Archive | February, 2011
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Remembering the Buddha statues of Bamiyan


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Bamiyan was awe-inspiring.  We were driving up in this van on a curvy road.  You could see the side of this mountain for 45 minutes, and closer you realize there are these monstrous statues of Buddha carved out and these holes on either side of it, praying rooms or monastery rooms, where you could climb up stairs carved in stone and pray and reflect.  We westerners wanted to go to the top and stand on the head.  The front part of the head had been sheered off by a previous assault by one of Genghis Khan’s family relatives.  The Afghans have repelled every major invasion that had happened, including (after I left) the Russians.

In one of the cities we visited before we went to Bamiyan, it was a ghost town.  This was one of two haunting experiences I had in Afghanistan.  The city was reduced to rubble, but you could, if you stared at it, figure out where streets were and buildings were.  The city had revolted against Genghis Khan’s cousin/nephew’s son and killed them.  The army came through and said let nothing be left living in this valley, and to this day no one has moved back into this valley.

 

NPR: Bit By Bit, Afghanistan Rebuilds Buddhist Statues

NPR: Bit By Bit, Afghanistan Rebuilds Buddhist Statues

 

As I was standing there, I know I was hot and I know it was a hundred, I can swear I could hear voices of kids running up and down the street.  I could hear all the sounds I heard in Kabul around me as if I was being transported back to that time.  I can’t explain it.  It’s never happened since.  Nobody put that thought in my head, but I had vision.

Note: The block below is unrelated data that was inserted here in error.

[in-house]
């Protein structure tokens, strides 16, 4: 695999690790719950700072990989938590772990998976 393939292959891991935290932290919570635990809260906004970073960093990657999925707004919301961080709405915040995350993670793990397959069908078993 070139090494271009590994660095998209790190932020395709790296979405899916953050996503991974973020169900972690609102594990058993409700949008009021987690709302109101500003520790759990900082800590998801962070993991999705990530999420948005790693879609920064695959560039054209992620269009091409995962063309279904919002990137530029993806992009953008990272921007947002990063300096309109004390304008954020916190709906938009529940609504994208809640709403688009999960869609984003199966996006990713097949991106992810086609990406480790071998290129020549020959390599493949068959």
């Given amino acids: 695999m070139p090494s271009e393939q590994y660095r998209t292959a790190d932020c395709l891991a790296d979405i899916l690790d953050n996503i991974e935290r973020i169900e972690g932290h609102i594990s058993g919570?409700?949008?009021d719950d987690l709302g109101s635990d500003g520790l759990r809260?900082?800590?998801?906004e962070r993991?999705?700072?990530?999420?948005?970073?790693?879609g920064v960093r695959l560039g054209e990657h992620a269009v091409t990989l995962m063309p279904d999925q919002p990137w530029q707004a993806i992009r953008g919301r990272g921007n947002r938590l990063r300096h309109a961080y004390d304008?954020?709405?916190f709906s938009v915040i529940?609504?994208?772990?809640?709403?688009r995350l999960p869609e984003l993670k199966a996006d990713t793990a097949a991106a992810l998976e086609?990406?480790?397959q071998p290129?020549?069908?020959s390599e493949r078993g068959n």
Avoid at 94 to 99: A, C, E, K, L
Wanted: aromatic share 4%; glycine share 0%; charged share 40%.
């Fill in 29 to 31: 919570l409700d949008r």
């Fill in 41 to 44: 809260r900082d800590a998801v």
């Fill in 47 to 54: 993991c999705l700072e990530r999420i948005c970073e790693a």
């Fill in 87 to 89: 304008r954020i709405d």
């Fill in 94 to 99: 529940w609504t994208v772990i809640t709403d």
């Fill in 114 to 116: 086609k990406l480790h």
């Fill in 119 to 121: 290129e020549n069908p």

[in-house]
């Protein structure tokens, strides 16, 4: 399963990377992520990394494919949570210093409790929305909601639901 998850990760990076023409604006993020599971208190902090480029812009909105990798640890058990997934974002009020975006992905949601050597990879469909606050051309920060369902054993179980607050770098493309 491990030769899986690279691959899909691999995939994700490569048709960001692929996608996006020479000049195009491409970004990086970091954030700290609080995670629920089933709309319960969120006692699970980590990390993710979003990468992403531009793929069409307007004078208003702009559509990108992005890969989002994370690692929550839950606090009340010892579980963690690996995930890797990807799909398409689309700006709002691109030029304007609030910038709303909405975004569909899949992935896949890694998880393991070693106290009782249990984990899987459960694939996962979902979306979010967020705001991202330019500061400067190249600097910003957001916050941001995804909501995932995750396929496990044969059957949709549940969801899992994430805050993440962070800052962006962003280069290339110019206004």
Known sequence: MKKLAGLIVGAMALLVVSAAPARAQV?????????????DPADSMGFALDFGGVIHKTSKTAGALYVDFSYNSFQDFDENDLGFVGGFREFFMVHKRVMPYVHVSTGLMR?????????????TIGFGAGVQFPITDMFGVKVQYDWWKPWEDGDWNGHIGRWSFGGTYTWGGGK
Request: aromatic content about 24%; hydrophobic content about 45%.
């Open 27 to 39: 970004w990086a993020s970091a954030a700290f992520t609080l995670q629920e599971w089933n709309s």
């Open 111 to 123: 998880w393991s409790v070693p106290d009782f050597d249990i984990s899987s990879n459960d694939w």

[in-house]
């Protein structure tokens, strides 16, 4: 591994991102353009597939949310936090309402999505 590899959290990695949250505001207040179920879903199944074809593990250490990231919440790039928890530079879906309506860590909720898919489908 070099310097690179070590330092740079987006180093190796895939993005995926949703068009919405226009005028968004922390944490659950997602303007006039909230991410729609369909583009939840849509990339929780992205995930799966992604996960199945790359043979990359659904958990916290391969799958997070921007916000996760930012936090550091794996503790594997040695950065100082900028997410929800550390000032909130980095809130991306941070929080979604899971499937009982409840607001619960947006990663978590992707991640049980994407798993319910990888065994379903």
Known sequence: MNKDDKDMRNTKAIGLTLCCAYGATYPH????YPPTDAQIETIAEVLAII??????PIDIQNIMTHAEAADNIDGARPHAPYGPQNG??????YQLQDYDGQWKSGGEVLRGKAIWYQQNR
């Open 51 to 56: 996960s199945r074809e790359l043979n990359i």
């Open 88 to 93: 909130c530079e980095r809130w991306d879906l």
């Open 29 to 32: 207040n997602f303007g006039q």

Bamiyan, having that baked into the back of my consciousness, it was not a religious experience, the awe and magnitude of it.  Here I am with donkeys and water buffalo and this thing that was created a thousand years ago, this monument to another culture’s religion.  The air was cool.  It was so fresh to be out of the city.  It was a wonderful experience to move from Kabul to the countryside, the harvest was going, the ground was very rich…

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[Listen to the haunting experience and the rest of the story]

Afghani exchange students go missing

Three Afghani exchange students went missing from Nazareth College in my hometown of Rochester, NY.  I swear I didn’t kidnap them!

http://www.whec.com/news/stories/S1977383.shtml?cat=565

Iran flag

Eating Chicken in Iran, 1964

 

English: Chicken in public market, Mazatlan, S...

Image via Wikipedia

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Iranians are very, very polite if nothing. 

I mean, just the essence of diplomacy and grace.  And so very few people were going to say anything that could ever be perceived as offensive.

There was one time that I remember though, when I must have surprised them.  They kept a few chickens out in the courtyard, and we would usually have a hard-boiled egg in the morning for breakfast, which I’m assuming came from those chickens as a rule.  Every now and then we would have chicken for dinner or lunch or whatever, and they served the chicken with the head and the feet cooked with the chicken as well.